African-American students make up only 15 percent of the population at Bear Creek and McNair high schools in Lodi, yet data from the U.S. Department of Education claimed they were suspended more often than other students in the 2013 to 2014 school year.
This week, the department announced the Lodi Unified School District has been ordered to change what the department called discriminatory practices.
"This does not come as a surprise to me,” community activist Lester Patrick told FOX40.
Patrick said he’s fielded numerous complaints from parents who claimed their children were punished unfairly, and he’s been working with Lodi educators to promote equality.
"I think that you see that they’re more apt to expel or suspend an African-American student,” Lester explained.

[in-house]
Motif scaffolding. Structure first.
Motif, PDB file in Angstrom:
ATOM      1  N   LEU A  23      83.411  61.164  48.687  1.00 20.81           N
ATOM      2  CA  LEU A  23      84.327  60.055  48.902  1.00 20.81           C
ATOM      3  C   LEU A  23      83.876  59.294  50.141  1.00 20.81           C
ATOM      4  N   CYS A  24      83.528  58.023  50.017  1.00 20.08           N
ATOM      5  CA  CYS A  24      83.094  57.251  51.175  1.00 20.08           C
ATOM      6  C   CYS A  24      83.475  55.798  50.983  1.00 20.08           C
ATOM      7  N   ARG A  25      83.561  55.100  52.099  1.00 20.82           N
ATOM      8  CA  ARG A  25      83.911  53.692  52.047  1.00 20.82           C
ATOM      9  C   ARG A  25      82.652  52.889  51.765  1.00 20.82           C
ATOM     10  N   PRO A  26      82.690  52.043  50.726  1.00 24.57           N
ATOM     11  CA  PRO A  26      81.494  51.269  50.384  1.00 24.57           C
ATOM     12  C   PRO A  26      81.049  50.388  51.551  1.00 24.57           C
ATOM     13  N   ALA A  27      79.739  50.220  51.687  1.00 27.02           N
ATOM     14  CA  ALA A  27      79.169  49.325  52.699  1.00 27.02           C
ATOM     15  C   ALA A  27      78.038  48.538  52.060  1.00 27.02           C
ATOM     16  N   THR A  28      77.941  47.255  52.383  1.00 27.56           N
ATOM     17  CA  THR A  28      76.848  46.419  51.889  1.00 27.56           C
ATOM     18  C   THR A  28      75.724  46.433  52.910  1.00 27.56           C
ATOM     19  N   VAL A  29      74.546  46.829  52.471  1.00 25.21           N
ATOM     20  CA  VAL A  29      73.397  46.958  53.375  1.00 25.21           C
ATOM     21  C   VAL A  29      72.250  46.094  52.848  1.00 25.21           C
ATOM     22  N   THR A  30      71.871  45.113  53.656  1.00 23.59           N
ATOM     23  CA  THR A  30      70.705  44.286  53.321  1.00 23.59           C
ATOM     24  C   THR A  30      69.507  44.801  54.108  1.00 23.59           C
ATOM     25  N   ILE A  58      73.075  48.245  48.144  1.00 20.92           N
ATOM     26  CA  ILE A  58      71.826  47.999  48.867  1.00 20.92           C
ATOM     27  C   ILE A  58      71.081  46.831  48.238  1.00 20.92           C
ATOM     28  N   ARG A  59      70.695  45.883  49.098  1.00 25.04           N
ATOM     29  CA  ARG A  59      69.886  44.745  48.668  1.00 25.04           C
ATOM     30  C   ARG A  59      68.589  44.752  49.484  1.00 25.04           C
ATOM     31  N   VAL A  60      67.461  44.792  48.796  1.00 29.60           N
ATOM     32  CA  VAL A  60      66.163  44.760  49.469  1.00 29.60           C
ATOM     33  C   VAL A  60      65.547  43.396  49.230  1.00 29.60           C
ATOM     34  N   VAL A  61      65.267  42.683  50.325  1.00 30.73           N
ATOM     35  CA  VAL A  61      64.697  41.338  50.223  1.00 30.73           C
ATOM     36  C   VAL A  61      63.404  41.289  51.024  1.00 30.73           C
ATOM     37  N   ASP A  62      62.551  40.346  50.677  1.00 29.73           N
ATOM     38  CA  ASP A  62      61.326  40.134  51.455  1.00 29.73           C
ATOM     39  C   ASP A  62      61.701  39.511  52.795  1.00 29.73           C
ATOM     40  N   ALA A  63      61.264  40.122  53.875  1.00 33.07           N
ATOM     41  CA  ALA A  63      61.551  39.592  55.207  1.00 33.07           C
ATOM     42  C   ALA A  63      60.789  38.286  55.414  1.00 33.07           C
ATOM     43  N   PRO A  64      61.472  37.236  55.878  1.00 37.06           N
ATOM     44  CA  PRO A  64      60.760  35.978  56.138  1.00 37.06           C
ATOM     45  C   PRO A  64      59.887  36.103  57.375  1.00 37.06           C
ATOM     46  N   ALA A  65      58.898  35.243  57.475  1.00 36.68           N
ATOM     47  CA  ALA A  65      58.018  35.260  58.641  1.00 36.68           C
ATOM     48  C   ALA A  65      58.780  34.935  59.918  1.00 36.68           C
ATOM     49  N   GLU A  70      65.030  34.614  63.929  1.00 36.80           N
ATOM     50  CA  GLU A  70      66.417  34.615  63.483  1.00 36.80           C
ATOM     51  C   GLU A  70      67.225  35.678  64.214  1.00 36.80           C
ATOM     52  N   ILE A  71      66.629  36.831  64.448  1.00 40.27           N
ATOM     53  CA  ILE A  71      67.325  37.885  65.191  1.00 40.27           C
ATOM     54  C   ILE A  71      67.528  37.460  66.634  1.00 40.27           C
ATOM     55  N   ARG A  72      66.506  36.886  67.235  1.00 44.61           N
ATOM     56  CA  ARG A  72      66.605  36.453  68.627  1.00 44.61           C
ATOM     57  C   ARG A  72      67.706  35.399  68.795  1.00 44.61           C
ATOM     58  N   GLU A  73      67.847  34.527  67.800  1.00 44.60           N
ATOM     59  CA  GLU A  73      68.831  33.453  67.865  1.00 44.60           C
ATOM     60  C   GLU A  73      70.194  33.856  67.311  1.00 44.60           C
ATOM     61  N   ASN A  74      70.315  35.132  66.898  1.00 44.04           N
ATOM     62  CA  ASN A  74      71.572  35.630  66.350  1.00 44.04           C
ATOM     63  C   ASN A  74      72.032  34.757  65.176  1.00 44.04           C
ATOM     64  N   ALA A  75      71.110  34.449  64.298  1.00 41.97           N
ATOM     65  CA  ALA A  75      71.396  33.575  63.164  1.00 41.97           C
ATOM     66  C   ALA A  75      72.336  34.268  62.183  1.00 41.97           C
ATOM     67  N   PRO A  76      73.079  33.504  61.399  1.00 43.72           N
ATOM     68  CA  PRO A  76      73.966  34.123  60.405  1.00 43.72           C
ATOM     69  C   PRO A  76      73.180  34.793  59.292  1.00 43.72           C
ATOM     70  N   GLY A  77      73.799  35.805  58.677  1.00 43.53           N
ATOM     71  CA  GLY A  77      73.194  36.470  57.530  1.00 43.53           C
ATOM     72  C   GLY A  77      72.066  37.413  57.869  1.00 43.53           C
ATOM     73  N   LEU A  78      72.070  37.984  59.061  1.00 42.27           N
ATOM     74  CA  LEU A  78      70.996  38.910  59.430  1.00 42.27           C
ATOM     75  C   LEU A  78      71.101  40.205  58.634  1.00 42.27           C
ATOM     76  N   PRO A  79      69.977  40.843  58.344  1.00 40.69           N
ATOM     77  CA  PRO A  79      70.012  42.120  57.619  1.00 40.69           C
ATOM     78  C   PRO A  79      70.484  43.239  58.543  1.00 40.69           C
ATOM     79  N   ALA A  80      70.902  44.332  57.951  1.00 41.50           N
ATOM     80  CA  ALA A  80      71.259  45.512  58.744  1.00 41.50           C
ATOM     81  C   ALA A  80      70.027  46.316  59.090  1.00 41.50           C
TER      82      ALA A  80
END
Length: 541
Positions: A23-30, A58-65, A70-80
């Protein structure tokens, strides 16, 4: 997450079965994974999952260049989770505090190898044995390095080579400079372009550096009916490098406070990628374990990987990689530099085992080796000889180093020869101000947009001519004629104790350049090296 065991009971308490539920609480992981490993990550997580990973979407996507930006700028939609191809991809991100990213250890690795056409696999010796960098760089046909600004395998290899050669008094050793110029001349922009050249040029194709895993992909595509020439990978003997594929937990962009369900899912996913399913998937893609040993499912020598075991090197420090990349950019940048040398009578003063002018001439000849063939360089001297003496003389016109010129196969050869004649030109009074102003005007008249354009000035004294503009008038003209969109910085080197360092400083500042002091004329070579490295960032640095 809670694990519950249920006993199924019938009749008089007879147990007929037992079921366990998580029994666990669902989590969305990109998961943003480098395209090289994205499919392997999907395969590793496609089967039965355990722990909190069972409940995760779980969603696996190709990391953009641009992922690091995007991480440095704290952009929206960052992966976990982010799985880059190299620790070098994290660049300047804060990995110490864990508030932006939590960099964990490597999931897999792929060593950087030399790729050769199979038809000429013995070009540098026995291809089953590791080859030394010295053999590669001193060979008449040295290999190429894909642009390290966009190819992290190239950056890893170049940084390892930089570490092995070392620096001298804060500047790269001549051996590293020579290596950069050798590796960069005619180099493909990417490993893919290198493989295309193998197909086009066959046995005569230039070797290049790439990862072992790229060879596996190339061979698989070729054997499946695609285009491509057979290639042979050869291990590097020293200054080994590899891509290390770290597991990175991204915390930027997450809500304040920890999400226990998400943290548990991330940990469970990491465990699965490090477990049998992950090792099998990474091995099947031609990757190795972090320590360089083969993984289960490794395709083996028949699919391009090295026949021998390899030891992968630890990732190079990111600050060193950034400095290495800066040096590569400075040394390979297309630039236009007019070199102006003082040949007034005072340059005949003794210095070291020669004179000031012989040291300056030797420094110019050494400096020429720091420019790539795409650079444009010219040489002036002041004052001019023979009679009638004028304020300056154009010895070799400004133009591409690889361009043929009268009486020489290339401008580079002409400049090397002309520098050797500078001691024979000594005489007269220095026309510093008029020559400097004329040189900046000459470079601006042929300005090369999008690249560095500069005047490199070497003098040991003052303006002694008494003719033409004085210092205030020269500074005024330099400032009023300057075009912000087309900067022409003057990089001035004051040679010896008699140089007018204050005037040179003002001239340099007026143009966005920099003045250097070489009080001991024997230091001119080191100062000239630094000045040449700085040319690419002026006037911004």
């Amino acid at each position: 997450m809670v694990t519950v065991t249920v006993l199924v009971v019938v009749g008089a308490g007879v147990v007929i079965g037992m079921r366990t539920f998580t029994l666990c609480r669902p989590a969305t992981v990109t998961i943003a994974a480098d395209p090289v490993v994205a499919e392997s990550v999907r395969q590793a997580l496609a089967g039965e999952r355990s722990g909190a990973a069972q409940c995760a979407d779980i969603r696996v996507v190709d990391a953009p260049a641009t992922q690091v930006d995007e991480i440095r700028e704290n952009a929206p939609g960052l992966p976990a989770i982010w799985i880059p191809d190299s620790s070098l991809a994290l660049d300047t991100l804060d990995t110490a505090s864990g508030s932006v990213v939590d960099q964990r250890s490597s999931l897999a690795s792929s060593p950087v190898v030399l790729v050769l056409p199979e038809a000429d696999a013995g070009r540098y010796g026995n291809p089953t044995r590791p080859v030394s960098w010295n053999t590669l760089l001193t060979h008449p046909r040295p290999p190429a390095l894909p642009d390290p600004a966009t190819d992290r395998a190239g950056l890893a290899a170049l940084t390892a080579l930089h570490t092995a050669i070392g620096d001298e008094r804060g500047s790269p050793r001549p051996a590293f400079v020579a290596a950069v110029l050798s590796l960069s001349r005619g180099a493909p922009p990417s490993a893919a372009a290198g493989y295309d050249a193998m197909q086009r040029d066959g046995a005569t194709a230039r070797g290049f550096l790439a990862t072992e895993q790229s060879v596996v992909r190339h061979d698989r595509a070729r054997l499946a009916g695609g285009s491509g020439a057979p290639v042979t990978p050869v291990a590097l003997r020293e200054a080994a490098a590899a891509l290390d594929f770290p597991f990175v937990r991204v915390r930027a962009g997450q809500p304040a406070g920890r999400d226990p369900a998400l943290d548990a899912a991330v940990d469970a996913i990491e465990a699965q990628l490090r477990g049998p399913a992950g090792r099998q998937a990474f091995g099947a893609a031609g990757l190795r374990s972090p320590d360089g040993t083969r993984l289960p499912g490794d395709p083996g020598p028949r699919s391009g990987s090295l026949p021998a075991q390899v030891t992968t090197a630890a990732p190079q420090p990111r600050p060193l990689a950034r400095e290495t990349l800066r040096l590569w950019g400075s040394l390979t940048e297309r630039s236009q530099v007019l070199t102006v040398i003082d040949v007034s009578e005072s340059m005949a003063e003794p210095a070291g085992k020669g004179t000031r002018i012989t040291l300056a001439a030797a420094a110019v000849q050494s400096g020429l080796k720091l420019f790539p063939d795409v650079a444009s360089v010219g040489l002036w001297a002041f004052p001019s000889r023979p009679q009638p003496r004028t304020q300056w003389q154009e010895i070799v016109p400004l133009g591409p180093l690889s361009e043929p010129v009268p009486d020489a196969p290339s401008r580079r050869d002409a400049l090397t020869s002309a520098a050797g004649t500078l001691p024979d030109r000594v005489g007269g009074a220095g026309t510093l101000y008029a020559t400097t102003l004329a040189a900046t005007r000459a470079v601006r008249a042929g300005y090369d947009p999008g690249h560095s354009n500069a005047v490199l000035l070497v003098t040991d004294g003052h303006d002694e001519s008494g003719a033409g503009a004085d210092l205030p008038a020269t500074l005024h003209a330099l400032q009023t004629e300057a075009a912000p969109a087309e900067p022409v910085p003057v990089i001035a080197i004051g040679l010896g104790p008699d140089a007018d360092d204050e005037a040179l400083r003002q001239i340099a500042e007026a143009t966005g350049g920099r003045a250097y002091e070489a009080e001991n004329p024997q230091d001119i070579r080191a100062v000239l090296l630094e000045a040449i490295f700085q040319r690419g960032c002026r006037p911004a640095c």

Along with the allegations, the U.S. Department of Education said they entered into an agreement with the Lodi Unified School District to change discipline policies. The school district issued a statement that read:
The district was ready to resolve this matter entirely over a year ago through a voluntary agreement. The Office of Civil Rights did not make any finding whatsoever that the district intentionally discriminated against students in disciplinary matters.
The department also outlined the agreement where the district will have to consult with experts to identify root causes for racial disparities, issue written guidance and provide training to staff regarding racial harassment.
The school district said they also hired a Positive School Climate Coordinator to ensure student safety and their educational success.
However, Patrick said the entire school environment needs to change so that the classroom will be a more positive experience for all.
"They’re there to educate all students. Not just some students,” he said.